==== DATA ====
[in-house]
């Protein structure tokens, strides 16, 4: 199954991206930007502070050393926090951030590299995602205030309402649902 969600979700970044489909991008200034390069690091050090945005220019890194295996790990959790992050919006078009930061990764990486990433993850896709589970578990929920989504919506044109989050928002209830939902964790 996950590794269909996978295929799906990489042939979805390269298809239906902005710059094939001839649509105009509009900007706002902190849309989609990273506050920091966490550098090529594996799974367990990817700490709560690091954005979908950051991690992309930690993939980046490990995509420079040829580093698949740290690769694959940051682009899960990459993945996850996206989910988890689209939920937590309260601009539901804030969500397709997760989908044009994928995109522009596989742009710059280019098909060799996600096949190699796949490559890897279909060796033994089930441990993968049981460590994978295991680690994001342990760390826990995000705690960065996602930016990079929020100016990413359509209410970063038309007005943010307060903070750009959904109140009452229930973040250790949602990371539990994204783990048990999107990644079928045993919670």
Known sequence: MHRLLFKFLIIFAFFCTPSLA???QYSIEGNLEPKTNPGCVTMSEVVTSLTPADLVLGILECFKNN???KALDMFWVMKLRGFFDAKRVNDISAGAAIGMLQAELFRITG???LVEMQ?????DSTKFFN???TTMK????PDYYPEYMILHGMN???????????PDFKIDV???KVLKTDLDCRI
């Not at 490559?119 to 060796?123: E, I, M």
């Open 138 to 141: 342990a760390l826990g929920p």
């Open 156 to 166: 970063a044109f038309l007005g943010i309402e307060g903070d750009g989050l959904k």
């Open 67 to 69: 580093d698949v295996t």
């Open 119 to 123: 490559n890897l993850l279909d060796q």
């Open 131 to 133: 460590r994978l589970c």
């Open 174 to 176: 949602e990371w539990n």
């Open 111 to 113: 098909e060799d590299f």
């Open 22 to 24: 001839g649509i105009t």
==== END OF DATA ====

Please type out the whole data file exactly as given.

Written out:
[in-house]
């Protein structure tokens, strides 16, 4: 199954991206930007502070050393926090951030590299995602205030309402649902 969600979700970044489909991008200034390069690091050090945005220019890194295996790990959790992050919006078009930061990764990486990433993850896709589970578990929920989504919506044109989050928002209830939902964790 996950590794269909996978295929799906990489042939979805390269298809239906902005710059094939001839649509105009509009900007706002902190849309989609990273506050920091966490550098090529594996799974367990990817700490709560690091954005979908950051991690992309930690993939980046490990995509420079040829580093698949740290690769694959940051682009899960990459993945996850996206989910988890689209939920937590309260601009539901804030969500397709997760989908044009994928995109522009596989742009710059280019098909060799996600096949190699796949490559890897279909060796033994089930441990993968049981460590994978295991680690994001342990760390826990995000705690960065996602930016990079929020100016990413359509209410970063038309007005943010307060903070750009959904109140009452229930973040250790949602990371539990994204783990048990999107990644079928045993919670």
Known sequence: MHRLLFKFLIIFAFFCTPSLA???QYSIEGNLEPKTNPGCVTMSEVVTSLTPADLVLGILECFKNN???KALDMFWVMKLRGFFDAKRVNDISAGAAIGMLQAELFRITG???LVEMQ?????DSTKFFN???TTMK????PDYYPEYMILHGMN???????????PDFKIDV???KVLKTDLDCRI
């Not at 490559?119 to 060796?123: E, I, M």
């Open 138 to 141: 342990a760390l826990g929920p």
């Open 156 to 166: 970063a044109f038309l007005g943010i309402e307060g903070d750009g989050l959904k």
């Open 67 to 69: 580093d698949v295996t």
């Open 119 to 123: 490559n890897l993850l279909d060796q």
């Open 131 to 133: 460590r994978l589970c």
């Open 174 to 176: 949602e990371w539990n």
């Open 111 to 113: 098909e060799d590299f």
């Open 22 to 24: 001839g649509i105009t």